If you have a newish mac, the benefits of the Turbo.264 may be doubtful. It is most worth to owners of older macs that would take longer to convert video to H.264. All it does is really offer you a chip on a USB stick and a software front end to do what the mac could already do, but maybe a little faster. So I would say the benefits of that device really depend upon your current machine. If it's not a really fast mac it might be worth it - I have one and it speeds up H.264 encoding on my G5 PowerMac.

    I'm not as familiar with the HD Home Run as the rest of that kit. From what I can tell it's a twin-tuner digital device attached over the network instead of USB 2, right? I'm not sure of the benefit really, maybe someone else can help here, but maybe I'm missing something. Presumably it gives you access to a twin-digital tuner from more than one computer on your network, so maybe you could have a mac mini or something in the living room and a big desktop upstairs, both able to record from the device simultaneously? Either way, if it doesn't appear to have an analogue input so you'd still need one of the EyeTV devices for capturing your VHS stuff.

    Right now my recommendation would be just the 250 Plus. It will come with everything you need to do what you've listed right away, and the hardware encoding is a benefit for whatever mac you have. You could consider adding the Turbo.264 later on if you feel your mac would benefit from it after having used EyeTV and the 250 Plus a bit. If you're strapped for cash the Hybrid is also a good choice, especially on a recent mac.

    Further options for future consideration might include Quicktime Pro and the add-on MPEG-2 Component for Quicktime along with VisualHub and maybe MPEG Streamclip, all could be useful in the future for dealing with the video EyeTV creates. If you have a full copy of Toast 7, 8 or 9 that is all the better too.

    I hope that rather rambling reply was of some use. Do go for it, EyeTV really is superb.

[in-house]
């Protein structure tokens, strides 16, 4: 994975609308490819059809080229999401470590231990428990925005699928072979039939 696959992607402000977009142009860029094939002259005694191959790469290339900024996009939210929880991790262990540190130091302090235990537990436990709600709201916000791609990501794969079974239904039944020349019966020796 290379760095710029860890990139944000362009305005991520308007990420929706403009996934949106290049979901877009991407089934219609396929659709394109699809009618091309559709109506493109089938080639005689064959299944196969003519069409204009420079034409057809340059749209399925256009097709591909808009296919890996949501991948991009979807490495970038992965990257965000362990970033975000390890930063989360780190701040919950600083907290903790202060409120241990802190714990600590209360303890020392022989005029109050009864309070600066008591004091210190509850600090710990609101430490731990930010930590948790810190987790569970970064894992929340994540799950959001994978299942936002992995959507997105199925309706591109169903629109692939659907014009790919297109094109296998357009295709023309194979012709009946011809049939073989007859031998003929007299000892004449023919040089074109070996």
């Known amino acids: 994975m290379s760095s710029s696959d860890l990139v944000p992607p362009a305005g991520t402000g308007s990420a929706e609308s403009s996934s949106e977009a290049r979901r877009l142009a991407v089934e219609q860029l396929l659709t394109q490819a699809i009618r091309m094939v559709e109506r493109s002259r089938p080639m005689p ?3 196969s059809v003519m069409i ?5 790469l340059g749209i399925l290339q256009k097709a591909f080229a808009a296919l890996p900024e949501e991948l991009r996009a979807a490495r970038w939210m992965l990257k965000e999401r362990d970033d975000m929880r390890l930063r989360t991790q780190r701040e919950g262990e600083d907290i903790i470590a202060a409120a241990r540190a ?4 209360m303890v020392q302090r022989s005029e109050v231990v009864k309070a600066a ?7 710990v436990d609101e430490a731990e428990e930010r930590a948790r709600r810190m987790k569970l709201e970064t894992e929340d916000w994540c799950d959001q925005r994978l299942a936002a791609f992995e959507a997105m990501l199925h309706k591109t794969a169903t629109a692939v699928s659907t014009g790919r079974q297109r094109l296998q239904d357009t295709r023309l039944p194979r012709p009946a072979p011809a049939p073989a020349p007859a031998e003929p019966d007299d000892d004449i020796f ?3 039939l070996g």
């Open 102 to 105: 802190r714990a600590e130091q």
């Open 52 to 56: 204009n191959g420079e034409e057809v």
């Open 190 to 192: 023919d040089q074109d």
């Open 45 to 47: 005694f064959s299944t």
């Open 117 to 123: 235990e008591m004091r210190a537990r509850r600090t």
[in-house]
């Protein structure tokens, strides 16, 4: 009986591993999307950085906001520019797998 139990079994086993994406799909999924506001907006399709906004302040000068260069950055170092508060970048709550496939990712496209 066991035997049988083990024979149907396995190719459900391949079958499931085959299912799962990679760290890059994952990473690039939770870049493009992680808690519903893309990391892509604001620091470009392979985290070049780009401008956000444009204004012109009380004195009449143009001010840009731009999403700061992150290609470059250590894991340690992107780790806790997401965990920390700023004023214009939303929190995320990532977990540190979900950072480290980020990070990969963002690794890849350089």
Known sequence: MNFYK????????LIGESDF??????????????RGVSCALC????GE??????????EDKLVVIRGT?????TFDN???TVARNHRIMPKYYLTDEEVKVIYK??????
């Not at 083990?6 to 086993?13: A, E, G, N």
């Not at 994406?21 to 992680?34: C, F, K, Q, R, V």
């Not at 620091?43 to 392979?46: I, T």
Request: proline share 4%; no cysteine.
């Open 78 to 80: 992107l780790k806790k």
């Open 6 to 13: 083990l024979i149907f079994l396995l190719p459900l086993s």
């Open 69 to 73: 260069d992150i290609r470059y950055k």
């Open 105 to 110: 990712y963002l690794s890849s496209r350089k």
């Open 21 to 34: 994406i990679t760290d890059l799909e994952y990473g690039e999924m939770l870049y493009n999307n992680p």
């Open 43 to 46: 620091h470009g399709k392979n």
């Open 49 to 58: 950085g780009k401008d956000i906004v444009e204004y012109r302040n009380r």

4. jlmcclellan thread starter macrumors member

    Joined:
    Feb 19, 2008
    #4
    Thank you Porco. So just to clarify if I were to get the 250 plus it would do the hardware encoding and not tax my resources?

    Oh just so it's out there I have a MacBook Pro which I bought in January. 2.2Ghz Dual Core with 4 gigs of ram. Nice quick little machine.

    Anyway so if I do jump on the plus would there be any downside to it as opposed to the Hybrid? Does the Hybrid do something that the 250 plus doesn't? I couldn't find anything on Elgato's website stating this but I thought when I was browsing through these previous topics that someone had mentioned that it didn't do something the Hybrid did or maybe that it didn't do something as well? Does this sound familiar at all to anyone?

    Thanks!
     
  5. Porco macrumors 68020

    Porco

    Joined:
    Mar 28, 2005
    #5
    Yeah, at least for capturing analogue stuff from VHS or whatever else, and encoding to MPEG-1 /-2 using the settings for the hardware in EyeTV, you would be avoiding having to use your computer's resources so much. Digital TV streams will often be MPEG-2 anyway, so it'd just save that file without any re-encoding.

    That Macbook Pro will be absolutely fine, nice machine. :cool:

    Not that I know of. Anyone else?

    I personally have an EyeTV 250 Plus and a Diversity (twin digital tuners in a similar form factor to the Hybrid) plus a Turbo.264, and run them on a Dual 2.5Ghz / 5.5GB PowerMac G5 and a 2.16Ghz / 2GB MacBook.